Proof Of Youth
Maybe I've become too familiar with what they’re trying to achieve – but right now there’s nothing here to make me instantly love this record.
Rating: 6 ½ / 10
Hannah Hamilton, 24 Aug 2007
Music doesn’t get much more colourful than The Go! Team. Their debut album, 2004’s gloriously chaotic yet immaculately executed experiment in sonic rainbows, Thunder, Lightning, Strike, caught the imagination of music fans looking for something beyond the jangle of indie guitars or the washed-up musings of a doe-eyed crack head (or should that be the other way around: crack-eyed doe head, anyone?). The Go! Team bowled us over with an album that blended samples, genres, sounds and high energy like a toddler on a sugar high attacks a ball of Playdough – and with just as much excitability and infectious enthusiasm.
So it’s actually kind of reassuring that the follow-up has taken over three years to happen, implying as it does that this is a band who are looking for longevity rather than flash-in-the-pan success. So are they on their way to achieving it? Well, opening track ‘Grip Like A Vice’ is a pretty confident statement of intent: layer upon layer of sound builds in traditional Go! Team style, part rave, part electro wig-out, part ‘60s block party, part brassy soul revue. ‘Titanic Vandalism’ fizzes and crackles with huge, boisterous riffs and yelping vocals. And ‘Fake ID’ hits similar targets.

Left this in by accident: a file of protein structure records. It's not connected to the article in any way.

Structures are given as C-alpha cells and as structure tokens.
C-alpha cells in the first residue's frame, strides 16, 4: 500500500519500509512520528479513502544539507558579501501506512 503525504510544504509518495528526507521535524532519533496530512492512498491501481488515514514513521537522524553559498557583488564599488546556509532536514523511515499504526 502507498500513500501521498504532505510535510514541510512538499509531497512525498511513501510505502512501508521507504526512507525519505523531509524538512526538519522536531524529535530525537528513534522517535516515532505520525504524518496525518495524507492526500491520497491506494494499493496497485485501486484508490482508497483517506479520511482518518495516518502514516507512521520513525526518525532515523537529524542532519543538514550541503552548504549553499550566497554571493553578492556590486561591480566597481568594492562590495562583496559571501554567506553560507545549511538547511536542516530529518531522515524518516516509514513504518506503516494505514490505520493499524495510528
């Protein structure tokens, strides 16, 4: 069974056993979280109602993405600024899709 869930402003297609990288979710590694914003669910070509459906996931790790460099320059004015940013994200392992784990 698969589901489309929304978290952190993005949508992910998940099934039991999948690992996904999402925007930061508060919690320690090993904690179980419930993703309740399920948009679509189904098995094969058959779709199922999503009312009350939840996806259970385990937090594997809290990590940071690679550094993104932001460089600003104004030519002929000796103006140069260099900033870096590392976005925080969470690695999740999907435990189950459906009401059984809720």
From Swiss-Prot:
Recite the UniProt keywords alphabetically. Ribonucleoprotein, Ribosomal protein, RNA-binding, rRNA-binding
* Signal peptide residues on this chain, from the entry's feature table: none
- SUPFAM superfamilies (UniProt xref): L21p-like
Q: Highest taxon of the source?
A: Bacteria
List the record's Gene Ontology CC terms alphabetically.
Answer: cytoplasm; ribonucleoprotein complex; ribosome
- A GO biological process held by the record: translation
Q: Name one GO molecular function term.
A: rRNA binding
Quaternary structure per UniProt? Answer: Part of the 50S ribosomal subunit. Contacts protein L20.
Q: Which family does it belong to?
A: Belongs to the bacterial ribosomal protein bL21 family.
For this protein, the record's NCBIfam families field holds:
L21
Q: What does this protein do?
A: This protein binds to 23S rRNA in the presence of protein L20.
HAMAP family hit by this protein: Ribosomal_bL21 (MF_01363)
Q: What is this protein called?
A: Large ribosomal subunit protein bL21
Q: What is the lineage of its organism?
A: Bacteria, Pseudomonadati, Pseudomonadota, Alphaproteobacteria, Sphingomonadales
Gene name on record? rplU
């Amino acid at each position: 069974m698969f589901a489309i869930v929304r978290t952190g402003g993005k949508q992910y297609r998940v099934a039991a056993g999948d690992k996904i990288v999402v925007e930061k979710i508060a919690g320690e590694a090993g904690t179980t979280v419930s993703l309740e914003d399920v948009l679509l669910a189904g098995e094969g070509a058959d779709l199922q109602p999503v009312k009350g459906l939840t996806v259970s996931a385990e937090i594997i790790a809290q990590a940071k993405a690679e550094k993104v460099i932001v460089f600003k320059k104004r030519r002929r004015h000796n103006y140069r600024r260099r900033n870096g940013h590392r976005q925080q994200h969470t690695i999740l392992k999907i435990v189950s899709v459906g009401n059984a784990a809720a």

So while all the parts are there, why aren’t my ears fizzing the way they were when Thunder, Lightning, Strike first found its way into my stereo? Have the sounds lost their impact? Is there too much emphasis on stylistics and not enough on hook? Maybe it’s my ears that have changed, or become too familiar with what they’re trying to achieve – but, whatever the cause, right now there’s nothing here to make me instantly love this record. I won’t be writing it off easily, though: it could be a grower. Besides, more than most, The Go! Team are a band to see live before you make that final judgement. Bring on the tour.